If nothing else,

by Kelli Russell Agodon

hope. If a babe arrives
and you didn’t mean for life to appear
in your studio apartment: hope.
If lunar eclipse or melting polar ice caps: hope.
If war planes fly above your home, nuclear
subs in the canal of your backyard: hope.
If hope is a body, let us always know
its curves. If hope is a taste, let us not
keep it under our tongue.
This is what I speak of.
Of quivering and graceful, classrooms
of children, sand taken from the shore.
If hope is a stargazer lily, let it
take root. If hope a lamb, give it a field
to hide and roam. Hope spills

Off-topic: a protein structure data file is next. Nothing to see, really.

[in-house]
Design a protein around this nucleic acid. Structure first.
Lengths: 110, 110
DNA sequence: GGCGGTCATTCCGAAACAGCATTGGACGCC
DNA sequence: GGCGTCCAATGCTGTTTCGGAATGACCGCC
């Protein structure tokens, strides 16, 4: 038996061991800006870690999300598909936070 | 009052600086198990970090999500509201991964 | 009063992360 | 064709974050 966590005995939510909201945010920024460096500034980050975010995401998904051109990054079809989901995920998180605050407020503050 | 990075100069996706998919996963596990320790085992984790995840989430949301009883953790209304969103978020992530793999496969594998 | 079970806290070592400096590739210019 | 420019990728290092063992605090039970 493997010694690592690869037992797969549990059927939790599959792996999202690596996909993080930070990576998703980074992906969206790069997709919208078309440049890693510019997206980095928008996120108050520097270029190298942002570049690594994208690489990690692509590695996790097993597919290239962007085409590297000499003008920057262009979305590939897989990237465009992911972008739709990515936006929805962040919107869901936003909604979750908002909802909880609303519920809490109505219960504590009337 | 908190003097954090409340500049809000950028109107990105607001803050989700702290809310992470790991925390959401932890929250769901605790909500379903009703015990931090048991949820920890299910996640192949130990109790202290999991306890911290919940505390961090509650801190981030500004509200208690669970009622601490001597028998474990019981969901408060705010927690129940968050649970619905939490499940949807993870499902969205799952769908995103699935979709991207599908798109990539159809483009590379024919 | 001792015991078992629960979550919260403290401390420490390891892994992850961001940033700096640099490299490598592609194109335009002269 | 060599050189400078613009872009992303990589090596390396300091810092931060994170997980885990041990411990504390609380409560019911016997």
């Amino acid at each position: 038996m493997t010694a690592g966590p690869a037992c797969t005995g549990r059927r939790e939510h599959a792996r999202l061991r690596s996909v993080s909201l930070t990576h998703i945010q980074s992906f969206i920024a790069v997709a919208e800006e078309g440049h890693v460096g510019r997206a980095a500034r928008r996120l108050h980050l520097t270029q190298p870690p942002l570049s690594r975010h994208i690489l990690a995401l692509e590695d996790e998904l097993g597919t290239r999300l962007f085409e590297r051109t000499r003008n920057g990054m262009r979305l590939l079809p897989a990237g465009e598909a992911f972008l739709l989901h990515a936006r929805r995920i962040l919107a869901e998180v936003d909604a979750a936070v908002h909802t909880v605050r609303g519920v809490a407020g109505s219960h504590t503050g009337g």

from the pockets of teachers, aches
to be more like the mountains—
so vast, so above it all.
Hope was raised on breast milk,
a rainbow flag. If hitchhiking
and long roads without a map, hope.
If questioning, What do we have?
When the fabric is ragged, hope lights
a candle in the shadowlands,
stitches up what has been torn.

Kelli Russell Agodon is the cofounder of Two Sylvias Press where she works as an editor and book cover designer. Her most recent book, Hourglass Museum, was a finalist for the Washington State Book Awards and shortlisted for the Julie Suk Poetry Prize. Her second book, Letters from the Emily Dickinson Room was the winner of the Foreword Indies Book of the Year for poetry and was also a finalist for the Washington State Book Awards. She also coauthored The Daily Poet: Day-By-Day Prompts for Your Writing Practice, with poet Martha Silano. She lives in a sleepy seaside town in Washington State where she is an avid paddleboarder. www.agodon.com / www.twosylviaspress.com